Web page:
Nearly 30 veterans from across the United States will travel to Oklahoma State University to participate in the 10th annual Veterans Entrepreneurship Program (VEP), an eight-month program that includes an intensive, eight-day entrepreneurial boot camp on the Stillwater campus Feb. 16-23.
Twenty-seven military veterans representing four of the five branches of the United States military will participate in the boot camp designed to empower them to turn their ideas into workable business models. The program is designed for veterans who are interested in starting a venture as a means to financial independence or have an existing business that they would like to grow profitably.
“VEP empowers veterans with both the courage and knowledge to pursue their entrepreneurial aspirations,” said Chad Mills, manager of outreach programs for the OSU Riata Center for Entrepreneurship, which coordinates the Veterans Entrepreneurship Program. “We strive to deliver the best educational and hands-on experiences possible that can be utilized for any endeavor they wish to pursue.”
Participating in the 2019 VEP cohort includes veterans from the Air Force (6 enrollees), Army (15), Marines (2) and Navy (4). They will travel to OSU from across the United States, including Alabama, Arizona, California, Florida, Georgia, Indiana, Massachusetts, Michigan, New York, Texas, Virginia, Washington and Oklahoma, and range in age from 35 to 64.
The program has three phases: Phase 1, online self-study sessions (Jan. 7-Feb. 8); Phase 2, the eight-day residency on the OSU campus (Feb. 16-23), and Phase 3, ongoing mentorship from experts at OSU and online peer-to-peer networking (April 1-Aug. 31).
The eight-day residency is intense, rigorous and demanding. It is an opportunity for hands-on learning and interaction with world-class faculty, guest entrepreneurs, business experts, and others. The boot camp exposes the participants to the nuts and bolts of business ownership through experiential workshops and lessons.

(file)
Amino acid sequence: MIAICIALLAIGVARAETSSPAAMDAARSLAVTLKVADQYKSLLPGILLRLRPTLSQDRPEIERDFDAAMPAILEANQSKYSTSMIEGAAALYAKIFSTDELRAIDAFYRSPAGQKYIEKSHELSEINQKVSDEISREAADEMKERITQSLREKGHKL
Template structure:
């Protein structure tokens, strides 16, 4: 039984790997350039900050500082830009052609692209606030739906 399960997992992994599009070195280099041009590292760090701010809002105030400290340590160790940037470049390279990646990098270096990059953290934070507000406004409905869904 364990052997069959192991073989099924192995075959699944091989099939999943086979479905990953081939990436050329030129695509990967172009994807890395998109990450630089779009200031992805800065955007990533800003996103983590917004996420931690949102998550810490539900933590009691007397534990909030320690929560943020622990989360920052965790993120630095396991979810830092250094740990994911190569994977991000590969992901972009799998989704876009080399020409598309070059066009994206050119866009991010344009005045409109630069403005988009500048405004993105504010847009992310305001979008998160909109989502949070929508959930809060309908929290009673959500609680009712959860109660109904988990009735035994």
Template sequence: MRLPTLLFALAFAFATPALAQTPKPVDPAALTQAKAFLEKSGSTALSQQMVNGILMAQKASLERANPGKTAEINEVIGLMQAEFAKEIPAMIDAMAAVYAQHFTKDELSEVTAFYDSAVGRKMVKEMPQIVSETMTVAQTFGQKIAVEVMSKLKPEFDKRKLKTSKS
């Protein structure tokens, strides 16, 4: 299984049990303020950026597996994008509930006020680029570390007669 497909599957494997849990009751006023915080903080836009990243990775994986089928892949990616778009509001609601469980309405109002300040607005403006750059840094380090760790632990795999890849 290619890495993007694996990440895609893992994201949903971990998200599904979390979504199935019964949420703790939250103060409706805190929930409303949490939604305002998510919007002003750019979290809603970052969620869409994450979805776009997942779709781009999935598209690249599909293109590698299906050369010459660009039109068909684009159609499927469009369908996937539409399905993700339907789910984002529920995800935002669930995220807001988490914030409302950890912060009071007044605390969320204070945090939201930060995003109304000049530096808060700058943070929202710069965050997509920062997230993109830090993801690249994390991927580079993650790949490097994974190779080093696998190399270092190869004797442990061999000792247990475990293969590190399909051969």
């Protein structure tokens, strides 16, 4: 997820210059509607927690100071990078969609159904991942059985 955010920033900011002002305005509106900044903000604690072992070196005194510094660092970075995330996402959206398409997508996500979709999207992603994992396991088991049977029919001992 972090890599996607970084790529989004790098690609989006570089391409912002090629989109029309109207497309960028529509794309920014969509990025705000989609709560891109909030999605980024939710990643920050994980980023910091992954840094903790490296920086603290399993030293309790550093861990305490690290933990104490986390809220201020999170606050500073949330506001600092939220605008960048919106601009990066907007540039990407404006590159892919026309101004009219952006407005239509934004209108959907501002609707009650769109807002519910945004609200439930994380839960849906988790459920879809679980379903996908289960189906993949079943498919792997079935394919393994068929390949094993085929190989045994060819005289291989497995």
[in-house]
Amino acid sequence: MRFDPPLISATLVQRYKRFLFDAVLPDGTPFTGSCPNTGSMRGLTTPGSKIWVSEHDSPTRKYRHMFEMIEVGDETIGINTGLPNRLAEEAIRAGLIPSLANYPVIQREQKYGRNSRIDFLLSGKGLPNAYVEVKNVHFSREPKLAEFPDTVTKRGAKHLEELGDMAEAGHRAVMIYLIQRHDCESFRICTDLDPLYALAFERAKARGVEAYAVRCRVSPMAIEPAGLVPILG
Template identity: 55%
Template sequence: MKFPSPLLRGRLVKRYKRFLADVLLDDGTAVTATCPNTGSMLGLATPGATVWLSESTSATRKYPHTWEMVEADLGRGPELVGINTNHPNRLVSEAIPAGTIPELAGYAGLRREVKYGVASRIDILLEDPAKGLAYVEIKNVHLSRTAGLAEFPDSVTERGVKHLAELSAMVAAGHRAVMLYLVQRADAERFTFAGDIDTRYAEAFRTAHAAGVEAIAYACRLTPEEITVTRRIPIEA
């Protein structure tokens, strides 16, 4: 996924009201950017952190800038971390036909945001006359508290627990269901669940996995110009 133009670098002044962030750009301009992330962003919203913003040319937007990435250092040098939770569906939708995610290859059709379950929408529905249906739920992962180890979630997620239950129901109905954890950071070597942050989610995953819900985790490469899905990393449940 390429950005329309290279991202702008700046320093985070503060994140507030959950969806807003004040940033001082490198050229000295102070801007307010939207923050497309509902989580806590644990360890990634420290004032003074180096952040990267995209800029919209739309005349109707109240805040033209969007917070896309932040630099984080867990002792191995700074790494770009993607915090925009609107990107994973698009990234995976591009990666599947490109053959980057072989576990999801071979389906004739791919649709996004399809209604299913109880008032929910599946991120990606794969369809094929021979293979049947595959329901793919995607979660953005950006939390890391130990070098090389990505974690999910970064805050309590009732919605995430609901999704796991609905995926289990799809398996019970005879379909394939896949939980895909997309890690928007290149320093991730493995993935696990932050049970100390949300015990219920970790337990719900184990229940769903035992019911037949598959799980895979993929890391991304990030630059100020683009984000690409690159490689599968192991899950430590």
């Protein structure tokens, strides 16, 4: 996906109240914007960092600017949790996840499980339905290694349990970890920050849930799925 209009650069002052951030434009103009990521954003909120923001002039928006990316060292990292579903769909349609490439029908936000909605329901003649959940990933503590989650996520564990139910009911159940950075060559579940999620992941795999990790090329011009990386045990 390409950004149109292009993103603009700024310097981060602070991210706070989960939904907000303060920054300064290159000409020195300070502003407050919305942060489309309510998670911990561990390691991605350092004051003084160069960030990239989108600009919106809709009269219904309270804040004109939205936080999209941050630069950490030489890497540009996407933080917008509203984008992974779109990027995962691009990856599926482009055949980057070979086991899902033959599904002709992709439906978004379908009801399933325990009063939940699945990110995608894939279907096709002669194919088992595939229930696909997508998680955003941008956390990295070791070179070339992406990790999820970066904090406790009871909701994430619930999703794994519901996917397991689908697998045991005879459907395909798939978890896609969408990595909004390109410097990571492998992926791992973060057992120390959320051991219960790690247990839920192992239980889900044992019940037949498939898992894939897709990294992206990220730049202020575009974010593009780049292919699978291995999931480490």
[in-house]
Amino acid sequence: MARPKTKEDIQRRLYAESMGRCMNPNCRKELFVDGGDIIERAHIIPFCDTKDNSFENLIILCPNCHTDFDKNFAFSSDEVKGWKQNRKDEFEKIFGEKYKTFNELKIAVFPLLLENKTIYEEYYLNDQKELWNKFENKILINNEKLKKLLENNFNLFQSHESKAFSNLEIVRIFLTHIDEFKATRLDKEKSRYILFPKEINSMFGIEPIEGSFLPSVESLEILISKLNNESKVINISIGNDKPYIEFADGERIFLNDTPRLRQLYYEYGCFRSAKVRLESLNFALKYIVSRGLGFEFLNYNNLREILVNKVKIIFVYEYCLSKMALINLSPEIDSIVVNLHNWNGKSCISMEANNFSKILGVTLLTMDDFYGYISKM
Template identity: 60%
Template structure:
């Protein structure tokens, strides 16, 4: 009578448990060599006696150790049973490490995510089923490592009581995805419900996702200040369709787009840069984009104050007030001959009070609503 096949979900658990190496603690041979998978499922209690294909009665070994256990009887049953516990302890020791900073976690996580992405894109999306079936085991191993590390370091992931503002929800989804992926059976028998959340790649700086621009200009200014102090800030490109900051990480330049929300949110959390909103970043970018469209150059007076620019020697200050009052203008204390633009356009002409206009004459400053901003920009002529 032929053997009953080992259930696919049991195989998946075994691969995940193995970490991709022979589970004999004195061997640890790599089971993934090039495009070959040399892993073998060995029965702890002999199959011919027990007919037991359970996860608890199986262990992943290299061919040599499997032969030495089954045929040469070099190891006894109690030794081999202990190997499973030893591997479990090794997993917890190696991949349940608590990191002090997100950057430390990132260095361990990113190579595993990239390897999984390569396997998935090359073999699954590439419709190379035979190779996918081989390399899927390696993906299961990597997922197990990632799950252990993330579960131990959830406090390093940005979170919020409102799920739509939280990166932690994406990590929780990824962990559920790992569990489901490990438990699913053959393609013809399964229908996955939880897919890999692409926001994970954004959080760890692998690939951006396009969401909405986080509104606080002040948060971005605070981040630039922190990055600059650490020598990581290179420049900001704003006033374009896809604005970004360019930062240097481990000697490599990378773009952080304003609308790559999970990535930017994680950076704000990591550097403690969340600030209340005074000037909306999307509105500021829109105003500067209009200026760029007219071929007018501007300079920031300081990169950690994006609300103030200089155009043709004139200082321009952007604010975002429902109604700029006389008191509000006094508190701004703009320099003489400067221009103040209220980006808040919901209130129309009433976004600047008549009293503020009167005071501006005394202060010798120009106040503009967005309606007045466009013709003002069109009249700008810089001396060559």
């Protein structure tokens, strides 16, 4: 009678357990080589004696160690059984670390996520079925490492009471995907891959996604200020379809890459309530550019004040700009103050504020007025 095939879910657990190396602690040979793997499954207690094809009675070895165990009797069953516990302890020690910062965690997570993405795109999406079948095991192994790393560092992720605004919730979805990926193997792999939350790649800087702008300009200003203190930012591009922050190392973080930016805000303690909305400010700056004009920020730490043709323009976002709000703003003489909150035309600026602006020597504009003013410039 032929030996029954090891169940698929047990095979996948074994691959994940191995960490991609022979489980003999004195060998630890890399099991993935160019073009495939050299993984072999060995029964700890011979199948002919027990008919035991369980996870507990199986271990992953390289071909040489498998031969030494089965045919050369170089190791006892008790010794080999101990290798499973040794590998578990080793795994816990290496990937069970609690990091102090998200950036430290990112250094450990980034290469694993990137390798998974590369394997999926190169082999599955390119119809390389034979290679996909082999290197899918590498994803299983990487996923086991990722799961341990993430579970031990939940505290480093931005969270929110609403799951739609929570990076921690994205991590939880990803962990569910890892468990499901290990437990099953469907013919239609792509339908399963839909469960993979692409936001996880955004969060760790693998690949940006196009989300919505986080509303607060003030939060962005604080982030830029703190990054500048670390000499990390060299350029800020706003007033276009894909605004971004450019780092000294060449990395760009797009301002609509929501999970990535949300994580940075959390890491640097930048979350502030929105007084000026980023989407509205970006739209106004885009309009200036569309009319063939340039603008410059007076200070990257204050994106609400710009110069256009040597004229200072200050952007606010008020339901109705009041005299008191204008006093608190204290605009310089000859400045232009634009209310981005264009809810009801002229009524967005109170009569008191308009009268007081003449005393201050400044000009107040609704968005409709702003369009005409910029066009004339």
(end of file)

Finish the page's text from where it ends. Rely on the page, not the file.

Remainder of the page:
The entire program – transportation, accommodations, books, food and instruction – is provided free of charge to each of the participants, and is made possible through generous sponsorships and donations from organizations such as the Spencer C. Duncan Make it Count Foundation, the Bank of America Charitable Foundation, and the Small Business Administration, to name a few.
To participate, veterans must be separated from active duty, or separating, with an honorable discharge. They also must be identified as disabled by the Department of Veterans Affairs or Department of Defense based on a service-connected disability and demonstrate an intense motivation to start or grow a business.
“Throughout the program, we provide knowledge and support for individuals with either a concept or early stage venture,” Mills said. “Both our faculty members and industry experts ensure the veterans are well prepared by the time they leave Stillwater at the conclusion of their eight-day residency boot camp. What better way to thank our U.S. military veterans for their service and sacrifice than by helping them achieve their goals in civilian life?”
Since its inception in 2010, the program has assisted 267 veterans with their businesses and 80 percent report those businesses are still in operation or have launched new businesses utilizing the knowledge gained through the VEP training.
The VEP is presented by the Riata Center for Entrepreneurship and School of Entrepreneurship in the OSU Spears School of Business. To learn about donating to the program, providing mentoring assistance or for more information about the VEP, visit https://business.okstate.edu/riata/veterans/.